Jane says…

Last week when Dan found out how much my husband and I were about to pay to get our dog’s broken leg fixed and to keep said dog comfortable and hospitalized until she could have the required surgery, he geeked his cigar smoke inhale and might just be coughing and wheezing still. Then he suggested that a single bullet would be a lot less expensive and we’d still have a bunch of cash left over to buy a goldfish at Wal-Mart.

And Dan’s a dog person!

So at what point does a pet owner say, “Too rich for my blood” and cash in the pet’s chips? I can only answer this question in terms of dogs…maybe cats, but it would have to be a seriously awesome cat – no shedding and scratching and sleeping on my head. Fish and rodents and reptiles? One of those gets a hangnail and I’d have very little trouble sending it off to enjoy a big dirt nap.

Jane would keep this kitteh

I would not spend so much money that my children had to sacrifice something essential. I would not spend money that I didn’t readily have if there was only a small chance that the treatment would be successful. I would not spend money I didn’t readily have if if I were only prolonging the dog’s life for my own happiness and comfort, rather than the dog’s. Otherwise…I’m paying. I can’t imagine pulling the plug on a pet, a pet who loves and trust and needs me, for any reason other than a humane one. If I wasn’t willing to incur the expense and hardship of dog ownership, whatever that brings – broken bones and complicated surgery including pins and plates included – then I shouldn’t have brought the dog into my home in the first place.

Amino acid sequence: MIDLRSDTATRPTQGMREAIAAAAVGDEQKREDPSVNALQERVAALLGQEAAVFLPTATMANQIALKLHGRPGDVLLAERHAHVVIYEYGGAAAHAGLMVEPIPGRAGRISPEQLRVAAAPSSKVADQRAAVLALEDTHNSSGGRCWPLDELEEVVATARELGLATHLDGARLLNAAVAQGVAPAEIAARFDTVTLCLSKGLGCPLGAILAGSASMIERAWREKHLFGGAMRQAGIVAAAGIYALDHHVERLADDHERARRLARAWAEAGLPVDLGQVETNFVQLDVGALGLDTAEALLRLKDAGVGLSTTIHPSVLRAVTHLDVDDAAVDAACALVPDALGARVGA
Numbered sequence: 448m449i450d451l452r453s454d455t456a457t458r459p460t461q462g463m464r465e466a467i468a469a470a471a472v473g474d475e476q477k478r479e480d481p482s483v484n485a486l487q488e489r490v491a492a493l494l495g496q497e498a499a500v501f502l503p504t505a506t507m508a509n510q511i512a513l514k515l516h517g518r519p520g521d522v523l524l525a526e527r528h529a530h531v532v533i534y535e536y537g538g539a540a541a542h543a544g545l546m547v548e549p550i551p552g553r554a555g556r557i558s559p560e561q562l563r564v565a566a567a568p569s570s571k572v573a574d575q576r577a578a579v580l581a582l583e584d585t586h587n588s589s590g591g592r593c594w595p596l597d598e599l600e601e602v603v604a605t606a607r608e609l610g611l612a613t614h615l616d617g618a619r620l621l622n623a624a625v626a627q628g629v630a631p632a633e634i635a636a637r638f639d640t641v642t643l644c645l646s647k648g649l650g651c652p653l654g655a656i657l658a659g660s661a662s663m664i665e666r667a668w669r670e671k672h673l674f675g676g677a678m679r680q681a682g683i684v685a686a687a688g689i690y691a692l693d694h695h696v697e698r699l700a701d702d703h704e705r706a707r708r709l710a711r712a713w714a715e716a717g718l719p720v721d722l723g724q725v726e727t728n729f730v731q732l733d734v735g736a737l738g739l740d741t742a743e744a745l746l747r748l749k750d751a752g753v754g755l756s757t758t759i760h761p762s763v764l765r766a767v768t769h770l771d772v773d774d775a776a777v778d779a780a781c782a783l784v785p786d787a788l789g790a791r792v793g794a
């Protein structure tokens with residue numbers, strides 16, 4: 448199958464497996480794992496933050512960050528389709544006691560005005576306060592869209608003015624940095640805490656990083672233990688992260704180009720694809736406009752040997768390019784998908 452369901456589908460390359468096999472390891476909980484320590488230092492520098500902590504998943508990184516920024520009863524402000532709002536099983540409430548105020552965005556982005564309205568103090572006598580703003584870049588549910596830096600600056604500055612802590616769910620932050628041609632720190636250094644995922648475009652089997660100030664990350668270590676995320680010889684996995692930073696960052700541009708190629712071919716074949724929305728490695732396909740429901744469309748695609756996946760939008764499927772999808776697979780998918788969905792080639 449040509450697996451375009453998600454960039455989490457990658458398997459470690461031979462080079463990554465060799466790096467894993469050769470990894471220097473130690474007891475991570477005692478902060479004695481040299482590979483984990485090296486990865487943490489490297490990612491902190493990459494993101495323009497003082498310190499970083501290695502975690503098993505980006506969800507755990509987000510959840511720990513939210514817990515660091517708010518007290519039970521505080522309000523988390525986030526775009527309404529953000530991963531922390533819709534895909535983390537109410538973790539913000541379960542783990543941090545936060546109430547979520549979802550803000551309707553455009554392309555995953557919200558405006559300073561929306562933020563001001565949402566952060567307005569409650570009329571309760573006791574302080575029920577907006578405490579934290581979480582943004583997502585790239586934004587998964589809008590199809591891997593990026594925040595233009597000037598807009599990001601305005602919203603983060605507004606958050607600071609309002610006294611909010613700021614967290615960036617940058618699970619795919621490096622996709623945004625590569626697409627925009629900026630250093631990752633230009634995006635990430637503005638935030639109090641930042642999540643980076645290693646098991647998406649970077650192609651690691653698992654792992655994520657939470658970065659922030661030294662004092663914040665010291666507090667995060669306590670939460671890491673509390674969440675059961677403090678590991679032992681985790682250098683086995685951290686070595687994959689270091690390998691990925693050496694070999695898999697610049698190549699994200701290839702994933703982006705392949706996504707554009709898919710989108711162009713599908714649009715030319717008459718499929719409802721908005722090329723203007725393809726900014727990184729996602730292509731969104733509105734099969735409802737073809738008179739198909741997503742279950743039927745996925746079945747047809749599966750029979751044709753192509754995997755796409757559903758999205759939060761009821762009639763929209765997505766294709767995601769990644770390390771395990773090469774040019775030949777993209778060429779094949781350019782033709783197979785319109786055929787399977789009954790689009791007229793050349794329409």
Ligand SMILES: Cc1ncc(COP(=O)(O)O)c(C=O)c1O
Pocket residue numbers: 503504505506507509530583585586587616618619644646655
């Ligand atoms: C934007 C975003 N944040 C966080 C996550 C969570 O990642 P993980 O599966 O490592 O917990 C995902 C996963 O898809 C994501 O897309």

…but Dan thinks…

I think the dollar amounts are relevant here. When we discussed their family pet’s current predicament, she explained that it would likely cost in excess of $4,000 to mend her pup’s broken wheel.

And then she said something about writing a post about universal healthcare for pets.

And then I said “You know what? You go ahead and write that post. Here’s my take on the issue: you can get a brand new dog, with that new dog smell, all legs intact and functioning, for about sixty bucks.” Or put another way, for the same money Jane’s about to spend, she could get SEVENTY new dogs.

I know. They’re a part of the family. And the childless couples are all certain that the dog thinks it’s a person (here’s a news flash: if the dog DID think it was a person, she’d feel at least a little bit guilty about not chipping in for mortgage payments and grocery expenses, and wouldn’t piss on the floor (unless she was watching an NFL playoff game and got really drunk and forgot what a toilet looked like (Mike? Lookin’ at you, my friend))).

I love my dogs. They’re awesome. I’m not sure they’re $4,000 worth of awesome, though.